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Nurses are playing a key role in CCG governing bodies, says NHSCC

Nurses are playing a key role in CCG governing bodies, says NHSCC

NHS Clinical Commissioners (NHSCC) Nurses Forum has highlighted the benefits of including nurses in clinical commissioning group (CCG) governing bodies.

The report, The role of the nurse on the CCG governing body, found that since they were set up, nurses have taken on a variety of roles in CCGs.

While most were a member of the quality committee, 42% of nurses were also the chair of that committee.

Other nurses were found on CCG committees that look after primary care, performance, audits and remuneration.

Jim Connolly, chair of the NHSCC Nurses Forum and chief nurse and quality officer at Hardwick CCG, said: “We hope that this new report will not only showcase the positive impact that commissioning nurses are making, but will also help CCGs and national organisations to make sure that they are getting the most from the role.”

Through a series of case studies the report illustrates how commissioning nurses can make an impact locally, such as reducing rates of smoking in pregnancy, providing a voice for practice nurses and leading local service development.

Kathryn Yates, Royal College of nursing (RCN) professional lead for primary and community care, said: “Nurses care for patients through from diagnosis and are experts at managing complex conditions, so we are encouraged but not surprised to see that they are making such a meaningful difference when they are fully empowered to speak up for patients.

However, she called for more consistency to ensure that all areas can match the best practices, which she said, “seem to be places where senior nurses have been fully involved” and use their expertise to set a direction for the CCG.

She said: “What is clear from this report is that this is not the case everywhere, and indeed it is difficult to establish what arrangements are in place on all boards. 

“They provide a unique patient viewpoint while also bringing strategic clinical and practical insight into board-level decision-making about how services can work better together for the benefit of their local people.”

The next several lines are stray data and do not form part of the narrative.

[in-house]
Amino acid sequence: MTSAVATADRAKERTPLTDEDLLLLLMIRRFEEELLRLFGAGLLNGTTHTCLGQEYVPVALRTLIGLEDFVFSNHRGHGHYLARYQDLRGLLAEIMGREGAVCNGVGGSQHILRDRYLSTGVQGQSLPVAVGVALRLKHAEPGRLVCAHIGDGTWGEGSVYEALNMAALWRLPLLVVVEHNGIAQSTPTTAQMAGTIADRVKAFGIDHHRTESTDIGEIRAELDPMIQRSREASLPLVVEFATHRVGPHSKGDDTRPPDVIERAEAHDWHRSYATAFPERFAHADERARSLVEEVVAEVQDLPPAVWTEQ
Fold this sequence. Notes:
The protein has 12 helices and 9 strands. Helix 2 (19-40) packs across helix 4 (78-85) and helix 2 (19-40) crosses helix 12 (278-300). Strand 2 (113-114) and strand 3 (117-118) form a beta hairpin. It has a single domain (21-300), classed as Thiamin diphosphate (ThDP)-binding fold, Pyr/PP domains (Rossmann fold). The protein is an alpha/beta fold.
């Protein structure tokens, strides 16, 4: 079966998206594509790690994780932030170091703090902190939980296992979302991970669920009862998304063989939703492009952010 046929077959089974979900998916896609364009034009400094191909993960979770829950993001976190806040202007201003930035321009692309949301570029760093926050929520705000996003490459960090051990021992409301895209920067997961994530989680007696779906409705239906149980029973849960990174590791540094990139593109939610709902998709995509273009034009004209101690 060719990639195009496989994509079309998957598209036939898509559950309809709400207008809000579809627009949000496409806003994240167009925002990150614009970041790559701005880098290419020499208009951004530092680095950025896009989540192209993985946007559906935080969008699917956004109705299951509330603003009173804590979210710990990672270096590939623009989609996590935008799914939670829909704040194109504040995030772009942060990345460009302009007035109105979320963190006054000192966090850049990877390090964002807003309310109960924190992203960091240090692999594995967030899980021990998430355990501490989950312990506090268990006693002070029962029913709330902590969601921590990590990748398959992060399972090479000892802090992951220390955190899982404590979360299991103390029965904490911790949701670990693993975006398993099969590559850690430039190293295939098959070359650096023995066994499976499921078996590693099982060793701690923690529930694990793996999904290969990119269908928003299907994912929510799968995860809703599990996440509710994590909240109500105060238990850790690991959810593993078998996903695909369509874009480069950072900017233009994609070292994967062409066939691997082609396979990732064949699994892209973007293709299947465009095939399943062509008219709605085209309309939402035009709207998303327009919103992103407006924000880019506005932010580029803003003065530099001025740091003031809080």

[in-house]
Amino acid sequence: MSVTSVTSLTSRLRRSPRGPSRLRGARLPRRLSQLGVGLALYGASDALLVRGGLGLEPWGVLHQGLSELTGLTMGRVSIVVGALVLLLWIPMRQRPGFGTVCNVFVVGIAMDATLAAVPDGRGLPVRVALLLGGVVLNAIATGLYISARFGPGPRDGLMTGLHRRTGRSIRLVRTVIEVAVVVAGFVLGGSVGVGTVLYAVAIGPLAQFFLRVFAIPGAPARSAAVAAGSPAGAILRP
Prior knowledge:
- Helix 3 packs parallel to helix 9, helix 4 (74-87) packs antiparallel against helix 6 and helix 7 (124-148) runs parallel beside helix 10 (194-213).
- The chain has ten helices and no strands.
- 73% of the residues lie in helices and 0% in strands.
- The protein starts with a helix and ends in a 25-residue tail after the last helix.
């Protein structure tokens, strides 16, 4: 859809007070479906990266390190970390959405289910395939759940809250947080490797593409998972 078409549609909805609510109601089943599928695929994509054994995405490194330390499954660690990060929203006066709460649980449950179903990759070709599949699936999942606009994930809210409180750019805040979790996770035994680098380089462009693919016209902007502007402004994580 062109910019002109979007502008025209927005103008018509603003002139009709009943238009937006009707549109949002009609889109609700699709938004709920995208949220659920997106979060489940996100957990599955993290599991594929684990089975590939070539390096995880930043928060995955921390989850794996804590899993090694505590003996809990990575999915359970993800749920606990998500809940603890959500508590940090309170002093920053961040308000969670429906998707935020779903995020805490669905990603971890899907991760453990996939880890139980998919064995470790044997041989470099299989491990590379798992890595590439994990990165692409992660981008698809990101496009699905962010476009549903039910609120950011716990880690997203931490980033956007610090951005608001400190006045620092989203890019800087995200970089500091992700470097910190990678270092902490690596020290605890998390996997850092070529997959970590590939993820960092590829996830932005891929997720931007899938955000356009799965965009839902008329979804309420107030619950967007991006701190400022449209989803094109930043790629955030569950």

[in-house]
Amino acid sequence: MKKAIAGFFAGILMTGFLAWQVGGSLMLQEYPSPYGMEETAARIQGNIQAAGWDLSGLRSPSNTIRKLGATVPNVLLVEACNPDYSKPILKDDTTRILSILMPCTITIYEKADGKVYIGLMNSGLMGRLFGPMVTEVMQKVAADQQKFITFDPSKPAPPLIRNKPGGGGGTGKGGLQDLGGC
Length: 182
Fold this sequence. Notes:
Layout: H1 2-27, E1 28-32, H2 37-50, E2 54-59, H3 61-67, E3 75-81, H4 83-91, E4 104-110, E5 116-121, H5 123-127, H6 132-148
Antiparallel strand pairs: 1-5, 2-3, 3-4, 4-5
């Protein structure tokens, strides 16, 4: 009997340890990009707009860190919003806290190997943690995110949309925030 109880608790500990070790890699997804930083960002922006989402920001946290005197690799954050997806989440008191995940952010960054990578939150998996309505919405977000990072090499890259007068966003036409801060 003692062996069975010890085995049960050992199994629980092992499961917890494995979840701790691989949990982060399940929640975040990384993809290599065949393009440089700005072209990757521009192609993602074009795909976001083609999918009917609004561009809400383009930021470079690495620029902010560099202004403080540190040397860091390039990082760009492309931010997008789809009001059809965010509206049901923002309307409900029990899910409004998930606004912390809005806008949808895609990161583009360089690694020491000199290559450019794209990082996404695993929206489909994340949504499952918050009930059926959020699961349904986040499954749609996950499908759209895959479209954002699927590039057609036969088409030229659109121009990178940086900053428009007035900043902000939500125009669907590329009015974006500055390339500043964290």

As the first report of its kind, the document also recognises the important role the chief nursing officer has in acting as a national figurehead, bringing the nursing profession together.

This is particularly important for commissioning nurses, given the lack of recognition of the impact that they can have on the delivery of health and care for local populations.

Professor Jane Cummings, chief nursing officer for England, said: “There are increasing opportunities for nurses to progress in leadership roles.

“Working together with NHS England, NHS Improvement and Health Education England, I am leading work to help us to support our next generation of leaders and this report highlights what a positive role nurses can have in CCGs.”

The report describes two groups of nurses involved with CCGs: executive nurses, who are fully involved with the day-to-day activity in the CCG, and registered independent nurses, who sit on the governing body in a lay capacity.

Both of these groups are considered to be commissioning nurses.

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NHSCC Nurses Forum has highlighted the benefits of including nurses in CCG governing bodies